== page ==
April 3, 2017/ 12:30 PM - 2:00 PM
Royce 314 Promoting and Banning Photographs in Early Meiji
A Colloquium with Maki Fukuoka, Lecturer at Leeds University
On May 25, 1874 (Meiji 7), the city of Tokyo issued an edict to ban the sales of a photograph of Etō Shinpei. The banned photograph is a composite of his severed head and a poem composed by the noted statesman just before his public execution on April 12. Two years prior to his brutal death, Etō himself had introduced the use of photographic portraiture of wanted criminals and prisoners when he was appointed as the first Shihōkyō (Head of the Ministry of Law). It was by a photographic identification that Etō was said to have been captured in Kochi prefecture while he led a part of the Saga Revolt.
This talk explores these two incidents involving Etō and the uses of photography. It aims to explore the interrelationship between the two, the historical status and function expected of photographic portraiture. Taking the category of portraiture as an object of historical and critical analyses, rather than a self-evident class of objects, I hope to shed light on relationships between text and image, law and commerce, “vulgarity” and “civilization,” and harm and weal in the politics of representation in the early Meiji period.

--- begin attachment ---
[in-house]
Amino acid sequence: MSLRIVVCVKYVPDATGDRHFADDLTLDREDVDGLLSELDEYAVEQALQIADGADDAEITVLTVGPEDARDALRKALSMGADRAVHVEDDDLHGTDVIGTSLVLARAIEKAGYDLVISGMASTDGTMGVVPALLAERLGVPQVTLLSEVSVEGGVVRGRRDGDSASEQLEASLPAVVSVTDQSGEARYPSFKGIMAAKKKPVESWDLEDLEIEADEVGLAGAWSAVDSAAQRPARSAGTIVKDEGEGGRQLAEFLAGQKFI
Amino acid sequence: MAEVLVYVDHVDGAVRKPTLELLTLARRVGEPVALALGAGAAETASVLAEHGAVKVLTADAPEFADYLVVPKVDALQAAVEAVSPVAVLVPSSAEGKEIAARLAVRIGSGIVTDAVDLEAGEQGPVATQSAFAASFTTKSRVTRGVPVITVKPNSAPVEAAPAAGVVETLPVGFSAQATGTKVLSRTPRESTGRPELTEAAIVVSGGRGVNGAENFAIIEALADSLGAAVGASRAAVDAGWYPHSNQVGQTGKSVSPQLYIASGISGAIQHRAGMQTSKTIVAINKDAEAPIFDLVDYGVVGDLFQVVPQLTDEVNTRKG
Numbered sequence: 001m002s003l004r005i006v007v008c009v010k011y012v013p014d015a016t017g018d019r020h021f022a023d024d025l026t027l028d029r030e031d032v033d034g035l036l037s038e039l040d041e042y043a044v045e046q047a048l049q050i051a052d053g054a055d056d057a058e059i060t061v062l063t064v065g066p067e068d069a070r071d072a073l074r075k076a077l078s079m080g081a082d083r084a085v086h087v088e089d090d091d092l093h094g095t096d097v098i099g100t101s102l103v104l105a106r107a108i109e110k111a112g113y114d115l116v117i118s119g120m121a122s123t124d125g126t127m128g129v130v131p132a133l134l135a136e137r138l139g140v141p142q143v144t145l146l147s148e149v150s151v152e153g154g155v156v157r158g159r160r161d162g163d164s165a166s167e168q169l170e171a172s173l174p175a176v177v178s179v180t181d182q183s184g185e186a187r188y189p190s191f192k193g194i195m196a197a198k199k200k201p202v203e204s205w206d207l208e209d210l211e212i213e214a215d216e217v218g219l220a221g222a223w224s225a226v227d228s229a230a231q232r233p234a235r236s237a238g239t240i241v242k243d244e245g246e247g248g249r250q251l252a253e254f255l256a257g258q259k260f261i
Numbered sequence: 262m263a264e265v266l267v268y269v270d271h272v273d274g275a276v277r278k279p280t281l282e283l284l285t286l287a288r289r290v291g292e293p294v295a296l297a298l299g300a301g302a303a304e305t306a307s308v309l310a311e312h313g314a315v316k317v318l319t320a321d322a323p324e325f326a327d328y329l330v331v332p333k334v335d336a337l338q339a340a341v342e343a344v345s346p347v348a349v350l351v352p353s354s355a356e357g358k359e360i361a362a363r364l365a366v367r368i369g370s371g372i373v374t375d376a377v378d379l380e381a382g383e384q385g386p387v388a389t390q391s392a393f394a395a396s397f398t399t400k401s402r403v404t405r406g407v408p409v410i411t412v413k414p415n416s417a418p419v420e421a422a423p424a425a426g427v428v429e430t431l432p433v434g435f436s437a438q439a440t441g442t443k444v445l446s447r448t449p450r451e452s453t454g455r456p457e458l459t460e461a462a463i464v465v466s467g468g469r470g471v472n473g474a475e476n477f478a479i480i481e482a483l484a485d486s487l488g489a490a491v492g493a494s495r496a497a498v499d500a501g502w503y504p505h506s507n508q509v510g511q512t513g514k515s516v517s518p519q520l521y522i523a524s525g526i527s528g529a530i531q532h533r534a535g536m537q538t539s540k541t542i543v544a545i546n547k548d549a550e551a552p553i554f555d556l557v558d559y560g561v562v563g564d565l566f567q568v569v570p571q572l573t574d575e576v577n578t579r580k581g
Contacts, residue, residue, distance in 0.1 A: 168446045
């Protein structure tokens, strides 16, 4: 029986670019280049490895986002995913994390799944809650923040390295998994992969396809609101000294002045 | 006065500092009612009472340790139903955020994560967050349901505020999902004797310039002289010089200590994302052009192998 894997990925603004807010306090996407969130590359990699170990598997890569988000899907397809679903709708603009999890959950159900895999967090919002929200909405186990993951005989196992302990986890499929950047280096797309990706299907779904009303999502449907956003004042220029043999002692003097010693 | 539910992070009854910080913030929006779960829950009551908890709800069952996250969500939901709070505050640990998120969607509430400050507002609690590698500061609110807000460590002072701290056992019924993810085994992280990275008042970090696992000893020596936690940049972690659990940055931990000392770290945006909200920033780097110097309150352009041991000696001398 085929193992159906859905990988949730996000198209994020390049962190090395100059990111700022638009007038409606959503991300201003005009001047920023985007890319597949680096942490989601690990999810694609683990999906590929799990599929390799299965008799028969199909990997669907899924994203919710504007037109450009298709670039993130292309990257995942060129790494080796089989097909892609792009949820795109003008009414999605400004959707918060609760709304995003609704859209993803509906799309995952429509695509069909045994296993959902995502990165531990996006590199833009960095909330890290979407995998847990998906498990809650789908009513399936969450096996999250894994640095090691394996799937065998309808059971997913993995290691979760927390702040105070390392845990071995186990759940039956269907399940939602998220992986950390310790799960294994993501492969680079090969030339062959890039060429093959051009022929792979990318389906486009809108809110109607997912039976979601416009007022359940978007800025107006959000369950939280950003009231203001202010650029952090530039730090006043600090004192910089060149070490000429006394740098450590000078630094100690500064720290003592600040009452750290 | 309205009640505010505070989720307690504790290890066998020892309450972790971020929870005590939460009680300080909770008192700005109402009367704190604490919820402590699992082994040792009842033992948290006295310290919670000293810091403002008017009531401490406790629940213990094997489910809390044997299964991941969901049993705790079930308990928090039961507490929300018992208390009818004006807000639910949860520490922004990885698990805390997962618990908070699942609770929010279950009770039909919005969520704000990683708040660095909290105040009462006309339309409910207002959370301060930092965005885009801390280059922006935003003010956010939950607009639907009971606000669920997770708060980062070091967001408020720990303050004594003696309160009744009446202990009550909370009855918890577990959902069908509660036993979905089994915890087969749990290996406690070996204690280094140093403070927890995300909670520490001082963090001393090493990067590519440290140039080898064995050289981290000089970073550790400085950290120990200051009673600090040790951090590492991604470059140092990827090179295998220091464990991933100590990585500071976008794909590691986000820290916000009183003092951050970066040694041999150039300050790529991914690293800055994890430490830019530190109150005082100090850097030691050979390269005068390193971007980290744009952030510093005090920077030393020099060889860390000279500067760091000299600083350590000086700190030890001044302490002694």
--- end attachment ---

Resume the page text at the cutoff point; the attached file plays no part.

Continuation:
About the Speaker
Maki Fukuoka received her Ph.D from the Department of Art History at the University of Chicago in 2006. Her first book, The Premise of Fidelity: Science, Visuality, and Representing the Real in Nineteenth-century Japan was published by Stanford University Press in 2012. Her interest in visual histories and materials of Japan is informed by the studies of visual culture, histories of seeing, and of concepts. A tricky relationship with archives, which unwittingly and decisively shapes the processes of her research, plays a significant part in her second monograph, titled Shaping Likeness: Concepts and Practices of Portraiture in Meiji Japan.
Cost : Free and open to the public.
Download file: 4.3-FUKUOKA-FLYER-3i-0ki.pdf